Nell Casey, editor of Unholy Ghost, was only 16 years old when her sister Maud was diagnosed with bipolar disorder. Eleven years later, Maud stopped taking her medication and, after a brief hospitalization for mania, fell into a four-month depressive episode.
For this period of time, Nell and her mother became Maud’s primary caregivers. Nell threw her energy into responding to hospital crises, taking care of Maud’s job and apartment, and helping Maud through the trials of finding the medications that worked for her. Eventually Maud recovered. Even after Maud stabilized, however, Nell experienced an aftermath of anxiety, extreme hypochondria, weight loss, and headaches for several months. Nell describes the difficulties and emotions of caregiving, along with the incredible triumph of her sister’s recovery.
What was your sister’s experience with bipolar disorder?
The first time Maud experienced depression, she was 18 years old and in her first year of college. She ended up in the nurse’s office after someone on her dorm floor called to say she wasn’t coming out of her room. She was delusional and had lost touch with reality. My parents had to bring her home and she was hospitalized for about a month. My parents were really involved, although I did visit her in the hospital. I was only 16 years old, so it all seemed incredibly foreign to me. Maud responded quickly to lithium. She regained her composure and became very driven to get back to college. She only ended up taking a semester off from college. It seemed to be a very quick recovery.
When Maud was 29, she went off lithium under the supervision of her therapist, but without telling anyone in the family. She felt that the medication was a decision that my parents had made for her. I saw Maud before I knew she went off the medication and she seemed agitated. Finally, Maud signed herself into the hospital, and then called the family. That was when we found out she had gone off the medication.
Initially Maud was in control enough to realize that she had to go into a hospital and get on medication. But, then the mania got worse and she was in the hospital for six weeks.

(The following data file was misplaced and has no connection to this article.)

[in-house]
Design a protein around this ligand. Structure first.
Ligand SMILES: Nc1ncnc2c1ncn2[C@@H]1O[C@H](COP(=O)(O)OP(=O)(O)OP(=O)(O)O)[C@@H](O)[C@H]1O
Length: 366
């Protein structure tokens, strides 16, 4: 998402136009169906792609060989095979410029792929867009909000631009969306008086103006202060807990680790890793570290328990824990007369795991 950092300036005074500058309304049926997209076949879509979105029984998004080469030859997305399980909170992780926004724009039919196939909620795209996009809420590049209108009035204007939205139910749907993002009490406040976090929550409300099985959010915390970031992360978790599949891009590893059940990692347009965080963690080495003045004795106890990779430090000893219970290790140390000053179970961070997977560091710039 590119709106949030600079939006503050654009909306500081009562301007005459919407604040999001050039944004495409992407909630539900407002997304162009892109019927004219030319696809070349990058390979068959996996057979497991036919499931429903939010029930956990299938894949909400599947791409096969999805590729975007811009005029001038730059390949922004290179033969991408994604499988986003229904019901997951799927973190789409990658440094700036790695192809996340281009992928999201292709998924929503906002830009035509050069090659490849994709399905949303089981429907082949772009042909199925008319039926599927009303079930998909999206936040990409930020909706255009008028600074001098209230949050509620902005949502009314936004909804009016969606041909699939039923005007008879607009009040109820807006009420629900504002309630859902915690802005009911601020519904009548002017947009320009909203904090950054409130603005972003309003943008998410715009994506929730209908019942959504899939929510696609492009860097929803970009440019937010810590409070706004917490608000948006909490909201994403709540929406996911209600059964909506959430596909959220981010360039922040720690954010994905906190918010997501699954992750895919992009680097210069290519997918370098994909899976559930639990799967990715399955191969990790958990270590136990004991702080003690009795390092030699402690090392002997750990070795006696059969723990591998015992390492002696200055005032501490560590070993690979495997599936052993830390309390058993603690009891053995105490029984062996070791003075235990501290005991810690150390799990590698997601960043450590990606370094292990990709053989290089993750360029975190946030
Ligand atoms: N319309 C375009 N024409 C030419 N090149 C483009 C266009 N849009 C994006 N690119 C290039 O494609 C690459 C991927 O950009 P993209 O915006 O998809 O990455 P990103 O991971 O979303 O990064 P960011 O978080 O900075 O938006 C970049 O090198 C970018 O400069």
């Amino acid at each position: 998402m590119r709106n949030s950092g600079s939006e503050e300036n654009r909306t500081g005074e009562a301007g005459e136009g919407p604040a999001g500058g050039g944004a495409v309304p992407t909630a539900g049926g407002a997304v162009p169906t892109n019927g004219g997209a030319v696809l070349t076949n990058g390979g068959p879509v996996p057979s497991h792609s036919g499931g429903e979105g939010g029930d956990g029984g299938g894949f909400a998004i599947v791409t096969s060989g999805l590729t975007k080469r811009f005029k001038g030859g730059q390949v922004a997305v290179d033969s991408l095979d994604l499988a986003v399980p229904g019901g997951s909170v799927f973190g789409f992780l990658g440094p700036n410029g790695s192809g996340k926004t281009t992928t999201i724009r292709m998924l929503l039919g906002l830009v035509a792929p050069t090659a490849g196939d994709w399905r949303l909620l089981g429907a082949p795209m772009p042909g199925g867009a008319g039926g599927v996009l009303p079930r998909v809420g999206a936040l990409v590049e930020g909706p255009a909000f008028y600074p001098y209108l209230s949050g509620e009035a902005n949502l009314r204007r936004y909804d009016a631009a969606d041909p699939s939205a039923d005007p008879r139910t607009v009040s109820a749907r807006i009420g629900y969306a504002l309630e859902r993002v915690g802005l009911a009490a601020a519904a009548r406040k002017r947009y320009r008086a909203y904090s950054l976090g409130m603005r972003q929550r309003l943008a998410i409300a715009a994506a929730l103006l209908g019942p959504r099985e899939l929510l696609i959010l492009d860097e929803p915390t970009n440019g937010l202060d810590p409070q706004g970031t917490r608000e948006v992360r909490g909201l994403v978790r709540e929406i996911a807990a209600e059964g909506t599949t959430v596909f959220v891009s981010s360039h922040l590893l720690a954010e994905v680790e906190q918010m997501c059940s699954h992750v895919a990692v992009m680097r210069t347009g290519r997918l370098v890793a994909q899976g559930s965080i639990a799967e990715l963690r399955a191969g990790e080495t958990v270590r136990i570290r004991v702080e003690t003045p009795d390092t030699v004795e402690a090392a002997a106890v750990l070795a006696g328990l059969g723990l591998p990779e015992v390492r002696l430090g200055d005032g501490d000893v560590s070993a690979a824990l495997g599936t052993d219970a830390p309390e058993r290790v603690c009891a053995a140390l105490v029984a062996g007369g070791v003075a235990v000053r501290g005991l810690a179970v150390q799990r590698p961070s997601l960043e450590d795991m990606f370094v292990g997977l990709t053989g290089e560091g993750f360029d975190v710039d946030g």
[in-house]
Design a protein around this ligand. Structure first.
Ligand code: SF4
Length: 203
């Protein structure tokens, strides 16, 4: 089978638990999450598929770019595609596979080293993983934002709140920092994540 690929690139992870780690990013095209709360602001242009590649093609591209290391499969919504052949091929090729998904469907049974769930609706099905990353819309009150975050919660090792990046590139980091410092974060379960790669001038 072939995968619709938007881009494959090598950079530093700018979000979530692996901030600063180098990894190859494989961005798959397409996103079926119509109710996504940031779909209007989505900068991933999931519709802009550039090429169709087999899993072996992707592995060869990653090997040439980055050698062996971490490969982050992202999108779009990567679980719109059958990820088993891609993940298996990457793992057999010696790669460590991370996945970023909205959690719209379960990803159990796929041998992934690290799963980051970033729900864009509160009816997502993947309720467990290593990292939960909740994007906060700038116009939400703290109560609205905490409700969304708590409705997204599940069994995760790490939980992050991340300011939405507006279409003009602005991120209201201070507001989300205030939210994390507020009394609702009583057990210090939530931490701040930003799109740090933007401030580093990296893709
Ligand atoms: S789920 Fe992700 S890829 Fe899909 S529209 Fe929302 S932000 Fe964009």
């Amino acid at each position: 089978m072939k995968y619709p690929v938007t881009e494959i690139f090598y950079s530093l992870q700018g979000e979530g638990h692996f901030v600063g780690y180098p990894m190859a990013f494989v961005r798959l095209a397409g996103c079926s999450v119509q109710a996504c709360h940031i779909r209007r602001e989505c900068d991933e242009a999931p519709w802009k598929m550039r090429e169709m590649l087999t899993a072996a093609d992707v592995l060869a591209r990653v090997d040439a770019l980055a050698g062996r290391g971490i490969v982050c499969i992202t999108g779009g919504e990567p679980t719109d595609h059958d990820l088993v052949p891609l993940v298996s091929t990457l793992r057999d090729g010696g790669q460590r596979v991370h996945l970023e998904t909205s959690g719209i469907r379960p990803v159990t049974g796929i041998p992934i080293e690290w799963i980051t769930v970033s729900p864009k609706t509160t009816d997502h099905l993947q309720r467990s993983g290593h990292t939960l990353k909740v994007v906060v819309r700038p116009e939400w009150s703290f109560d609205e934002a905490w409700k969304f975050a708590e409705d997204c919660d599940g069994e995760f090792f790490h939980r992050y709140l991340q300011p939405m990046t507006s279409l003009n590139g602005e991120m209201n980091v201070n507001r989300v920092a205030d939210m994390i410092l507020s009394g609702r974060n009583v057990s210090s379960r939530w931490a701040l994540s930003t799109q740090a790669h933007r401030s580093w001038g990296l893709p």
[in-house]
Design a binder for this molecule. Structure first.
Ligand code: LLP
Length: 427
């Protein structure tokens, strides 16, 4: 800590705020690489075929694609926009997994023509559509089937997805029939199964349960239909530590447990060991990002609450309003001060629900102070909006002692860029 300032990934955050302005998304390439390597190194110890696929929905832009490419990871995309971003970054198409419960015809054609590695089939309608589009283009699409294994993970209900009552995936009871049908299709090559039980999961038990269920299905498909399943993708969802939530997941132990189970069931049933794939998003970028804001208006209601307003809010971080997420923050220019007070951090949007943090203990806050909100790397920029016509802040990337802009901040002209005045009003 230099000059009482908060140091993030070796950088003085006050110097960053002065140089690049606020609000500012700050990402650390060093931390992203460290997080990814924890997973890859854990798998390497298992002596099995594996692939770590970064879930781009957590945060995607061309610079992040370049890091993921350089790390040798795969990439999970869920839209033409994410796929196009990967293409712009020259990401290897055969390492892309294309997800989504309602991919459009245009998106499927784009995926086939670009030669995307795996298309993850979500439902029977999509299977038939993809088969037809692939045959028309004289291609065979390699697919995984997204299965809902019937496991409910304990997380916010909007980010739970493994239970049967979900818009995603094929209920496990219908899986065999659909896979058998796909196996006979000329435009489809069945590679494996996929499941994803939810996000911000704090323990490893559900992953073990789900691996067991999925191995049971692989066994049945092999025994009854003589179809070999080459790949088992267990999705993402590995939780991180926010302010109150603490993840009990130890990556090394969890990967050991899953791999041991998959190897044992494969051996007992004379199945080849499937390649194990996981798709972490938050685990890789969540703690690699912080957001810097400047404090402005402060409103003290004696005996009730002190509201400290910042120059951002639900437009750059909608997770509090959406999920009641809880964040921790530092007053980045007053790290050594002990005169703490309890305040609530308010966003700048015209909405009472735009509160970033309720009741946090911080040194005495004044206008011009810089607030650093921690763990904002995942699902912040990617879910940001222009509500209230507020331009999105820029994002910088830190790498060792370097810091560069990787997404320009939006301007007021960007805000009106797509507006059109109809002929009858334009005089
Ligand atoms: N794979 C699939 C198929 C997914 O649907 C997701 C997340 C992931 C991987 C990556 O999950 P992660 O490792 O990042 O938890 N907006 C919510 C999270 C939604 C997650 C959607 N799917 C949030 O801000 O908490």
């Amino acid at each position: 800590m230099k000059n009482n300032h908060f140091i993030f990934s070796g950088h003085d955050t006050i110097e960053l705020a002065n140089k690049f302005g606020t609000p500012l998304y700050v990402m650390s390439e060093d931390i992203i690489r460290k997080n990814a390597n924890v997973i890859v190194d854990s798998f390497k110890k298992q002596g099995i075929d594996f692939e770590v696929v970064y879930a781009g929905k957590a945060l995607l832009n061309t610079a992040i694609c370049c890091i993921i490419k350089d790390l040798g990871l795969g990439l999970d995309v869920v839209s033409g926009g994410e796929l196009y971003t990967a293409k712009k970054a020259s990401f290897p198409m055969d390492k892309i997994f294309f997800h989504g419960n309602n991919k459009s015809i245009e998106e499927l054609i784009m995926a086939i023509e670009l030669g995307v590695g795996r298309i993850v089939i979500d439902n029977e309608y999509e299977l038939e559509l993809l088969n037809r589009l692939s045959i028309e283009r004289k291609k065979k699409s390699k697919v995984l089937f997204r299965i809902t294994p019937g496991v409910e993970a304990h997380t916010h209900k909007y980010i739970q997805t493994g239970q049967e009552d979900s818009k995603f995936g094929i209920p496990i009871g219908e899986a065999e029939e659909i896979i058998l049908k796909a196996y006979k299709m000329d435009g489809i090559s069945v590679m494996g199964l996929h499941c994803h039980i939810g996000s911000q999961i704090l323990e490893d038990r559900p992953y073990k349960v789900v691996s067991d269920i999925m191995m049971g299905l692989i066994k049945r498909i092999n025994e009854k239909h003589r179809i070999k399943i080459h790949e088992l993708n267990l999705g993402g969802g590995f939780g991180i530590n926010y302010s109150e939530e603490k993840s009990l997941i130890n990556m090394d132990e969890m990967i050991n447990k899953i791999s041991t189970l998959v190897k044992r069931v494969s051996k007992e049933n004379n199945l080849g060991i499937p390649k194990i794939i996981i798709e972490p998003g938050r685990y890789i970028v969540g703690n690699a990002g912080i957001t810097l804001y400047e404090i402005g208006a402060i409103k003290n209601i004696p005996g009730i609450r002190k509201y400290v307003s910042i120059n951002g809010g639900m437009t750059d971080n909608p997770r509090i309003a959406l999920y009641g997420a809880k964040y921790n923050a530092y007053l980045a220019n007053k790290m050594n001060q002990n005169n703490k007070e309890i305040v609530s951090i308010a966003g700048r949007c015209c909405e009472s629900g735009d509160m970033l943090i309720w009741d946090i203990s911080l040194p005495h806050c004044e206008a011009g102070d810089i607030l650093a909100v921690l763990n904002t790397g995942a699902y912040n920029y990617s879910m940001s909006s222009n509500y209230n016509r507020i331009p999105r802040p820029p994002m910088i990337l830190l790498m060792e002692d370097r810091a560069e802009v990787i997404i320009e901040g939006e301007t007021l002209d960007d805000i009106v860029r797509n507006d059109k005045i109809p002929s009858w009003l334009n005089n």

When Maud was able to get out of the hospital, she moved back with my mother to Illinois for about month. Then, just as she was incredibly driven to get back to school the first time, she was driven to get back to New York. She wanted to get back to her life.
When she came back to New York, she still seemed really frail and I was uncertain as to how well she was doing. She was living alone in her apartment. Then, she slipped into a very deep depression that no one had predicted. She had a four to five month period of depression. So the whole episode was about six months, but even after that it was such a long process to pull everything back together.
Incredibly, a year later, Maud had recovered. She sold her novel, and had a fully high functioning life. She had a boyfriend and a good job. In putting together the book, Unholy Ghost, I’ve realized how lucky we are. Maud found medications that really work. We are so happy that Maud is doing so well now. She’s been very strong.
What were your sister’s mania symptoms?
She had delusions, was paranoid, and didn’t trust others. She had interesting theories that ranged from government conspiracies to religious revelations. Her delusions were so active, creative, and oddly fascinating, but heartbreaking. Her energy was so high and agitated. I wasn’t allowed to spend the night in the hospital so I had to leave her there in this horrible state. It was awful.
Which symptoms were most upsetting?
The depression was scarier than the mania, because Maud was so absent. It was as if she had exited her body. During her mania, she was outgoing in a way. But, during the depression we feared that we would not get her back. I had long conversations with her on the phone where she was crippled with doubt, pain, insecurity, and sadness. I wondered if she was going to hurt herself. I experienced this ambiguous loss of not knowing if she was going to get better and if the medication was going to work.
What was your experience with the hospital?
The doctors were trying to figure out how to ground her so the mania would not keep galloping ahead. But the people at the desk and nurses seemed bored and because of that they were provocative and tried to pick fights when we were at our lowest point. They had Maud in restraints, even though she wasn’t wild, hitting, or screaming. When the staff called me, they wouldn’t give information out even though she was an hour and a half away. I remember getting a call in which someone said ‘you have to come, something is terribly wrong with your sister. Oh wait, I have to go there’s a suicide call.’ Then, the person hung up on me. I called back and someone said that it might have been about my sister, then hung up again. As it turned out, it wasn’t Maud, but I had to race over there. I never knew what the staff was talking about. The hospital was completely disorganized and it was terrifying because of it. I was far away and trying to hold down a job.